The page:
‘I am gay.’ Ex-UK punter comes out as gay to inspire others


Kentucky Wildcats kicker Landon Foster prepares to take the field during the second half against the Ohio Bobcats at Commonwealth Stadium on Saturday, September 6, 2014 in Lexington, Ky. Kentucky defeated Ohio 20-3. Photo by Michael Reaves | Staff

Rick Childress

Landon Foster, a former UK punter, came out as gay Wednesday in an article for OutSports—an SBNation blog for LGBTQ issues.
“I am a four-year Kentucky football letterman,” Foster wrote in the article. “I am an only child. I am a white, 6-foot-2 man. I am gay.”
Foster says in the post that his new goal in life is to inspire diversity and inclusion in the sports and business worlds.
In the post Foster describes his junior and senior years at Kentucky as being filled with “constant feelings of anxiety and inferiority,” because of the nationwide focus on LGBT rights like the Supreme Court’s ruling on same-sex marriage and Kim Davis’s refusal of marriage licenses to same-sex couples.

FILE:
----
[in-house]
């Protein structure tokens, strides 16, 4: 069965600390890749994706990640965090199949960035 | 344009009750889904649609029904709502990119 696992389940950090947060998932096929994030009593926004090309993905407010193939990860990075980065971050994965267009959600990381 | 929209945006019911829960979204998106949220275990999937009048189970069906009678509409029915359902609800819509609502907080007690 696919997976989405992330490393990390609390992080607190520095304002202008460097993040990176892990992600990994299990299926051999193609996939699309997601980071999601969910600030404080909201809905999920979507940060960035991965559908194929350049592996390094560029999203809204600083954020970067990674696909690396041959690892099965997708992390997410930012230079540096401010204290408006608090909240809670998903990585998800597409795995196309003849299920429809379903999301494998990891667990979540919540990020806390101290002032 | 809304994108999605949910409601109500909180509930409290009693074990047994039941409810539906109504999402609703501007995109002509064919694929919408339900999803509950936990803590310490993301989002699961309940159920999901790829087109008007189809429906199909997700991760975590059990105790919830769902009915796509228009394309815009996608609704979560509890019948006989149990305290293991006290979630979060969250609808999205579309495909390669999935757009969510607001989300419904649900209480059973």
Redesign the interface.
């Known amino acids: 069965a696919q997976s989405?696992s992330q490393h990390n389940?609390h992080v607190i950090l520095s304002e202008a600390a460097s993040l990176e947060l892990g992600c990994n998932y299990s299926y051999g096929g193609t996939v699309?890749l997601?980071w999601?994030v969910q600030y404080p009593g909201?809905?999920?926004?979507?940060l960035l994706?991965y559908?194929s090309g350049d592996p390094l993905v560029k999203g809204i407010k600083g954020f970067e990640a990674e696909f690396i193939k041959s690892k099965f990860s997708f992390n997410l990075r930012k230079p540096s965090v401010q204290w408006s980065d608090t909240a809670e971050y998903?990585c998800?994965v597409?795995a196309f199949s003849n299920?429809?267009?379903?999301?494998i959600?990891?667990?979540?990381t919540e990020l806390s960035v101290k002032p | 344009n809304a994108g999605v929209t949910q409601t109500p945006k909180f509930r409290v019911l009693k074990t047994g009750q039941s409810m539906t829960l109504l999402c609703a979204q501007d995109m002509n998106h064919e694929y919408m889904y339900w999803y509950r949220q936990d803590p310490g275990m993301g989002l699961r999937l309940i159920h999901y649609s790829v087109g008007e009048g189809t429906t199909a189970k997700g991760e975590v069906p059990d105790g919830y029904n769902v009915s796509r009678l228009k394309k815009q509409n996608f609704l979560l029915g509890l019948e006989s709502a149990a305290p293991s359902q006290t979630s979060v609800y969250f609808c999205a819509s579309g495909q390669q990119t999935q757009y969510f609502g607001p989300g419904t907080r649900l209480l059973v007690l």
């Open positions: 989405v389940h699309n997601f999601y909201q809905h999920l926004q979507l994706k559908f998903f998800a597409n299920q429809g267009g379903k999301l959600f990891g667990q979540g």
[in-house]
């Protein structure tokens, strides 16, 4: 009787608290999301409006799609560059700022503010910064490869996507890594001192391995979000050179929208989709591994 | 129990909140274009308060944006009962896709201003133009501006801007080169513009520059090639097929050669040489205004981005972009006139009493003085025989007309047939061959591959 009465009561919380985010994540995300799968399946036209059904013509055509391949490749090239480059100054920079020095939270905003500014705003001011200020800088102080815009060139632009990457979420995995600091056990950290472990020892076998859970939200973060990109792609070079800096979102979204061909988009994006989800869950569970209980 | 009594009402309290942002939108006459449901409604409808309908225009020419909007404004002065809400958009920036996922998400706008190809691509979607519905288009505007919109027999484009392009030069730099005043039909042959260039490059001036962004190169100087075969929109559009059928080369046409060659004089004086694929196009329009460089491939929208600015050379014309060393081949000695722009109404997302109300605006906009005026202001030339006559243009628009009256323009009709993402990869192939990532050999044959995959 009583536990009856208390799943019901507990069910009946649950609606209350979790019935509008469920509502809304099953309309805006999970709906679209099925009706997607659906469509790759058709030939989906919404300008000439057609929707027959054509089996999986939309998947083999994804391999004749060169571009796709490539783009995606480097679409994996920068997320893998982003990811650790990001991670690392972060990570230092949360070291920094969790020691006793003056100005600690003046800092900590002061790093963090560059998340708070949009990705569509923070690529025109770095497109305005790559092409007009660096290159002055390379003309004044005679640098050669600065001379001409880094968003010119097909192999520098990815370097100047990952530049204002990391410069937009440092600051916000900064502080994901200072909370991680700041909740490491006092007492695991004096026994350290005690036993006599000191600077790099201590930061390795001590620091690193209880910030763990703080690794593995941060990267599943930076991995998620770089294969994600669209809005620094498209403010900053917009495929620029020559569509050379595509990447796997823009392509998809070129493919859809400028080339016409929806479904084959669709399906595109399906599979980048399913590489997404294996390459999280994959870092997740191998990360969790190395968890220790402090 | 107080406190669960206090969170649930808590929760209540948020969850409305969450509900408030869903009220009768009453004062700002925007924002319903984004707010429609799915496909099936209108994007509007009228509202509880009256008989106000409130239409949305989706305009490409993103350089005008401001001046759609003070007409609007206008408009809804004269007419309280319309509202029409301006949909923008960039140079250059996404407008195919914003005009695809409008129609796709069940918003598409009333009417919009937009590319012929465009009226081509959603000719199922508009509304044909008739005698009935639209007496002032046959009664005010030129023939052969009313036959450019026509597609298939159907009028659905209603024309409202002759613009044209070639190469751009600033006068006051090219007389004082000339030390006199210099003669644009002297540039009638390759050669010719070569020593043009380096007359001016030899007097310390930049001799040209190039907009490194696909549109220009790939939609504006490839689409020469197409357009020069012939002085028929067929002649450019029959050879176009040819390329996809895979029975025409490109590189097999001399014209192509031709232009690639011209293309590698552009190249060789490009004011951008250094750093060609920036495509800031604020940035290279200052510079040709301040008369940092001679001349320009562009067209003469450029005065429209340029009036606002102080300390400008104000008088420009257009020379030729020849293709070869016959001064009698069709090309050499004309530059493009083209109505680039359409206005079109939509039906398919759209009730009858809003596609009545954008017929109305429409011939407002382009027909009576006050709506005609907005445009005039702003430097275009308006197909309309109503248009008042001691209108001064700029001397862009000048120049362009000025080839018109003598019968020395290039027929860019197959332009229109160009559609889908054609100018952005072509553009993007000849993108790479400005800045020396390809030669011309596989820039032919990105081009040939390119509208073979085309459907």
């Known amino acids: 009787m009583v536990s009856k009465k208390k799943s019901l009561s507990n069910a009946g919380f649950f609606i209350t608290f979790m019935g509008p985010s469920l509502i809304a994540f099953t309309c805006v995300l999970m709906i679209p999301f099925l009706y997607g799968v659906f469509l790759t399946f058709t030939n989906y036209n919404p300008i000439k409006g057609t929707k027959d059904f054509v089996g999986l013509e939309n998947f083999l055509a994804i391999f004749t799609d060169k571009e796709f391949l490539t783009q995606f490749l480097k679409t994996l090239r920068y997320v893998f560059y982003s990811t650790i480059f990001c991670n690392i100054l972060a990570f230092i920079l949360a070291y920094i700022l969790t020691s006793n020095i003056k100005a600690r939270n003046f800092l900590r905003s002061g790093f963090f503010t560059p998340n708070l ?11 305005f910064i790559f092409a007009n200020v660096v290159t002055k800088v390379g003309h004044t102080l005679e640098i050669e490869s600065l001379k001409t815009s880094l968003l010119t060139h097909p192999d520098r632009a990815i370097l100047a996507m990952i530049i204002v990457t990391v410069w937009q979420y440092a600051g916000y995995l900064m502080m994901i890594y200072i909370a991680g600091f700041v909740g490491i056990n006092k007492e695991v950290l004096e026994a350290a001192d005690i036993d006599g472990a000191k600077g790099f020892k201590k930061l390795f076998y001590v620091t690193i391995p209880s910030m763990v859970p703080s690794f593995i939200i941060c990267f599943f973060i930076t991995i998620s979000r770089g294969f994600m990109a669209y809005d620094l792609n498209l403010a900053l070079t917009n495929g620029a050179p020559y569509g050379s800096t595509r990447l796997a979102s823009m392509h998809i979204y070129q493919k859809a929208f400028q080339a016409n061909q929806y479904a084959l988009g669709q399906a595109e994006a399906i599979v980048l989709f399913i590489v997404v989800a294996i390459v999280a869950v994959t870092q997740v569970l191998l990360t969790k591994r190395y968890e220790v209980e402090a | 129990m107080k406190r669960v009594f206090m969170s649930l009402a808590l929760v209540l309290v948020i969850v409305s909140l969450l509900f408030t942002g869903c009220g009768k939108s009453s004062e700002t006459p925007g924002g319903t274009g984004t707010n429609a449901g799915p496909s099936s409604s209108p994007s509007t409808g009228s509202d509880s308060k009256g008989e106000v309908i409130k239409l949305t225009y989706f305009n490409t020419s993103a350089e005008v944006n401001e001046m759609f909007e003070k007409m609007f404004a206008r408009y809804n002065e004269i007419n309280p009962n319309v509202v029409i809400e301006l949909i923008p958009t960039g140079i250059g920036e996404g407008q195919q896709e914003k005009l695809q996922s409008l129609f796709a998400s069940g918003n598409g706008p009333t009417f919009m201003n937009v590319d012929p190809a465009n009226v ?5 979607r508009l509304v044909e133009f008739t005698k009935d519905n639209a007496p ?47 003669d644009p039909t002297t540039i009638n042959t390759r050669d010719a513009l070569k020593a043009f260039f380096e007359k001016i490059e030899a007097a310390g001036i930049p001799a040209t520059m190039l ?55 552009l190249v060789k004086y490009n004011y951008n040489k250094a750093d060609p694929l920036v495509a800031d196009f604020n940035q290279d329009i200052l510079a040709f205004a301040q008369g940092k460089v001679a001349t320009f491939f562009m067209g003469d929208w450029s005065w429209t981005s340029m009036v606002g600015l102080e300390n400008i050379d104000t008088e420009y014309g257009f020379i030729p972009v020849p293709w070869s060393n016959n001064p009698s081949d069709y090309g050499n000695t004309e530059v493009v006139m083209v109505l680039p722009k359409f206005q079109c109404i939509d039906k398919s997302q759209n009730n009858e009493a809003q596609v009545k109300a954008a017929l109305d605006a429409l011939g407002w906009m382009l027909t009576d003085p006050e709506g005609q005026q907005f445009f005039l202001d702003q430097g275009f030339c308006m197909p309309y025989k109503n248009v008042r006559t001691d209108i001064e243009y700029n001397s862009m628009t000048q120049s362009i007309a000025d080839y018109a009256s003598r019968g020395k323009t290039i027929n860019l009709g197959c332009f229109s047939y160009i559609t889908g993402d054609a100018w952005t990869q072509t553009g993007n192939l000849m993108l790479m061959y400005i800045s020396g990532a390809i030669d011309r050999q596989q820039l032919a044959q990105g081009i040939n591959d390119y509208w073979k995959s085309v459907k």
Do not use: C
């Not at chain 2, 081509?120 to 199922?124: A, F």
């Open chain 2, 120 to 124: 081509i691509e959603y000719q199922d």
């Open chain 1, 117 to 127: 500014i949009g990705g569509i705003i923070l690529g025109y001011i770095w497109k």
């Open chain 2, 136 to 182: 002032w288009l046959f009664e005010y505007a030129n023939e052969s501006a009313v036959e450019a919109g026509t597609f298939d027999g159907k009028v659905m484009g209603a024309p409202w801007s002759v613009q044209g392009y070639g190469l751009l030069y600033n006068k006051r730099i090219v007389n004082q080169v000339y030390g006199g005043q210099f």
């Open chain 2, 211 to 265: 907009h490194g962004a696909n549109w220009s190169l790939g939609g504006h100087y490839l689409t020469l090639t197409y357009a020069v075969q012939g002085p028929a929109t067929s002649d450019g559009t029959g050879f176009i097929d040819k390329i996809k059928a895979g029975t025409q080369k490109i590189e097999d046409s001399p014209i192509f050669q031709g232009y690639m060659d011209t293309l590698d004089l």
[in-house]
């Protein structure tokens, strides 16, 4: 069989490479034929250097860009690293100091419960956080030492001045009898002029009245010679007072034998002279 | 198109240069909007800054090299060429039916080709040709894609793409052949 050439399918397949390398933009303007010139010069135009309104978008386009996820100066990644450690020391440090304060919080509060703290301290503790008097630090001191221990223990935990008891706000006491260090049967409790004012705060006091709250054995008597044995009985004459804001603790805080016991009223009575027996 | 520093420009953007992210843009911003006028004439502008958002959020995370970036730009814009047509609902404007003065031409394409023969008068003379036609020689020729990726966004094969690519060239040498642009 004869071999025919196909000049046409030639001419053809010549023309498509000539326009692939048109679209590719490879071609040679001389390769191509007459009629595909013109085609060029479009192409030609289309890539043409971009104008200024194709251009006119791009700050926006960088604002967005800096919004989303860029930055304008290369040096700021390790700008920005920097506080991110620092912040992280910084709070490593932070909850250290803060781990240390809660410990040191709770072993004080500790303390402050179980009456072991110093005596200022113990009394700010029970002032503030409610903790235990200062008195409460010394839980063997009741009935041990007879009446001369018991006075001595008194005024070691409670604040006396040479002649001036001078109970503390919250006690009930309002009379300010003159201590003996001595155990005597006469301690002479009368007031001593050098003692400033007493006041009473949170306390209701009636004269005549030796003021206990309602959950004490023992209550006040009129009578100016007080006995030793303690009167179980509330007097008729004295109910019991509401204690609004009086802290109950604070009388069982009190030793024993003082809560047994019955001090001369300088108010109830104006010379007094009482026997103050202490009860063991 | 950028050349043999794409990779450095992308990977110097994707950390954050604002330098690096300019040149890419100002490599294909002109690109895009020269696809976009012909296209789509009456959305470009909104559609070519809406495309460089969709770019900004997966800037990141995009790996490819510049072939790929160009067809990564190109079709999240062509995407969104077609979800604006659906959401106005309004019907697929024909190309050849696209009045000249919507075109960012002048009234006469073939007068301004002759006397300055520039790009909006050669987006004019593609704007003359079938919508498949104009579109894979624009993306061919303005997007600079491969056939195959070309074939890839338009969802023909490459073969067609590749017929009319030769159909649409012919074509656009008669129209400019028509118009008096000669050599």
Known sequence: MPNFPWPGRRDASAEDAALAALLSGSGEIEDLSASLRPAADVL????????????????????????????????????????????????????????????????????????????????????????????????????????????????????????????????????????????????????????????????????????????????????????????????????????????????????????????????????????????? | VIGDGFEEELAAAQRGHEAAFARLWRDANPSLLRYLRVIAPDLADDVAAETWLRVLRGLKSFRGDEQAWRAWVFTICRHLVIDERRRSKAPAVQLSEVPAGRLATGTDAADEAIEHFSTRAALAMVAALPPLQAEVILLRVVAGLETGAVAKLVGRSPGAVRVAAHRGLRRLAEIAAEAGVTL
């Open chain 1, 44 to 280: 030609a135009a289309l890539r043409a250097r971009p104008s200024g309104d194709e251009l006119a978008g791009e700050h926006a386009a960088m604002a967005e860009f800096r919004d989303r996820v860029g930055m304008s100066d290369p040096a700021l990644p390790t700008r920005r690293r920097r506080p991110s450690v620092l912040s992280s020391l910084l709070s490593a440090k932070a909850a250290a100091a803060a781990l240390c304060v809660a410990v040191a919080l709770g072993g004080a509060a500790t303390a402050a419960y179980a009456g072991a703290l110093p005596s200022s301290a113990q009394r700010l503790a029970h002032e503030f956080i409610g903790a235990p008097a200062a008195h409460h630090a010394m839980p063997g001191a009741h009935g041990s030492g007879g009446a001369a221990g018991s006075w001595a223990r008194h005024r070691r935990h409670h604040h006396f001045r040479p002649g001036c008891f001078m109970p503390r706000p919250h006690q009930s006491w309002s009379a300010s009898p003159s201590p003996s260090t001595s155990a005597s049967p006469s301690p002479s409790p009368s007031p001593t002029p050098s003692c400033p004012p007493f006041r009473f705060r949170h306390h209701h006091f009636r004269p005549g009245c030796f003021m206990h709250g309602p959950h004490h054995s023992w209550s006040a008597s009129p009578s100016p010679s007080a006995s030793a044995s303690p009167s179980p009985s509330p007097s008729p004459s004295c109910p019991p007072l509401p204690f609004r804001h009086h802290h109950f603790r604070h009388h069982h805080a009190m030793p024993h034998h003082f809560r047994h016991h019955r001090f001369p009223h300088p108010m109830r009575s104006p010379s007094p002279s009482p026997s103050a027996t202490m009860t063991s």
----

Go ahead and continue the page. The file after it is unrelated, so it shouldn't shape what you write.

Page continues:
Foster writes that his decision to come out publicly is contrary to his decision to keep his sexuality private during his college football career. 
Accounts of several celebrities and sports stars coming out as gay inspired Foster but in college those stories weren’t enough for him to take on the culture of “big-time football.”
“(A) culture I felt is still unwelcoming to gay players,” Foster wrote. “Living in the closet in front of 80,000 fans each and every Saturday manifested itself into a constant state of anxiety, perceiving every interaction as a constant test of being outed and potentially causing a distraction to my team and my university.”
Foster states that his public declaration can inspire others who are struggling the same. 
According to ESPN, Foster hails from Franklin, Tenn. He punted for the Wildcats from 2012 to 2015, averaging 41.8 yards per punt. As a freshman he was named an All-American. 
“I am sure I will receive some backlash for writing this, but if there is one person it helps, then it will be worth it,” Foster wrote. “I have been through hell, especially during my college years, trying to come to grips with who I am while also representing my university and football team. I was representing these institutions in a state that garnered national attention for anti-LGBT sentiment just days after I had come out to my parents, weeks before my senior season, and ultimately leading to my departure from the sport that I always envisioned as being a part of my life.”